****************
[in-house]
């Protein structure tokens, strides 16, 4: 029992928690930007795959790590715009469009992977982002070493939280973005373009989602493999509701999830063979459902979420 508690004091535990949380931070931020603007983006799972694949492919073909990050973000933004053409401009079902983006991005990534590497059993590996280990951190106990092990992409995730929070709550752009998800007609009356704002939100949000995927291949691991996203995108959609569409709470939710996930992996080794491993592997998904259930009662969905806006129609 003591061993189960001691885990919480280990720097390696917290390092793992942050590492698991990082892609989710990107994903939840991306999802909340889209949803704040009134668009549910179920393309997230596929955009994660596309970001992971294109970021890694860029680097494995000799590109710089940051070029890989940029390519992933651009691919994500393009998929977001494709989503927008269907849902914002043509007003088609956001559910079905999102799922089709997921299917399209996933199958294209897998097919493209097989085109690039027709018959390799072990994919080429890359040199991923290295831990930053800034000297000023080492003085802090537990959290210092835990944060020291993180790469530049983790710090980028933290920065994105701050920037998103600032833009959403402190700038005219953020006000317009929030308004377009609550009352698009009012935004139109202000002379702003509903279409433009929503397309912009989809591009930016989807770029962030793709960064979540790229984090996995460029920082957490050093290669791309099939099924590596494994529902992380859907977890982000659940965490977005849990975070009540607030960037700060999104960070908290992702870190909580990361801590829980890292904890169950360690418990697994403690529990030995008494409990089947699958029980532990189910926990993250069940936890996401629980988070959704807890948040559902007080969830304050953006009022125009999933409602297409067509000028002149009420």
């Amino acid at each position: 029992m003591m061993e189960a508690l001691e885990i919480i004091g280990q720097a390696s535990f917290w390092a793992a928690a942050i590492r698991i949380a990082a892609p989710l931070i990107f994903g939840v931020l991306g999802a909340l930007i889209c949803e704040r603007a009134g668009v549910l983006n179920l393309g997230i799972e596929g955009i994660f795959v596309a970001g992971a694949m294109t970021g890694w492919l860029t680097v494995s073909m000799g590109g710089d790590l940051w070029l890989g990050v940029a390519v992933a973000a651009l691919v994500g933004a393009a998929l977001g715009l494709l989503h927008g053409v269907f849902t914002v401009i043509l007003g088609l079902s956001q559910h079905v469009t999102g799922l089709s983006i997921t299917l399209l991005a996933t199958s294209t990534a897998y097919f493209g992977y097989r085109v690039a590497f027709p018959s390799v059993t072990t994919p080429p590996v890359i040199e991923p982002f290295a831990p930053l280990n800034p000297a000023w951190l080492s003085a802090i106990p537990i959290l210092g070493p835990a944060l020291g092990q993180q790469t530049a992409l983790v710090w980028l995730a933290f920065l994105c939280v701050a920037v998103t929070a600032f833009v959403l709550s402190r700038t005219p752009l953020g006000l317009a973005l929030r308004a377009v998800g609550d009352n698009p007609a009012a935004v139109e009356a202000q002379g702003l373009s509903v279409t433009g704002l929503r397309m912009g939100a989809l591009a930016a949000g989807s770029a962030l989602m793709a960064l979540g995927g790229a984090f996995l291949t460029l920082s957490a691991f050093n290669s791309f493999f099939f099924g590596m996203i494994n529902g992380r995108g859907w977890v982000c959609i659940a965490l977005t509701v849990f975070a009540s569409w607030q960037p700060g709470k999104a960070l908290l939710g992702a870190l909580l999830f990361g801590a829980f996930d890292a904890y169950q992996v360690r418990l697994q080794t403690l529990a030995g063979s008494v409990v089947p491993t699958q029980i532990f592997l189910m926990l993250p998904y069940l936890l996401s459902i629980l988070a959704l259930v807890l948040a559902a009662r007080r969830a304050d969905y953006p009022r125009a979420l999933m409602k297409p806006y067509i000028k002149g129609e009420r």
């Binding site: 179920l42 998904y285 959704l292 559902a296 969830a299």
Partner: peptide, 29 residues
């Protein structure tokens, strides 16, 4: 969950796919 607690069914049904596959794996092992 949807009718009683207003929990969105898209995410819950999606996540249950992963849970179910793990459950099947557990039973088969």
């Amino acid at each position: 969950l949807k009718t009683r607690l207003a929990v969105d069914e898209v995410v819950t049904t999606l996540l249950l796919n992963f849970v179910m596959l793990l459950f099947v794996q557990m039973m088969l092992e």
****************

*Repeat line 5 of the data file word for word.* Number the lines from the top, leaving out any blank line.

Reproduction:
Partner: peptide, 29 residues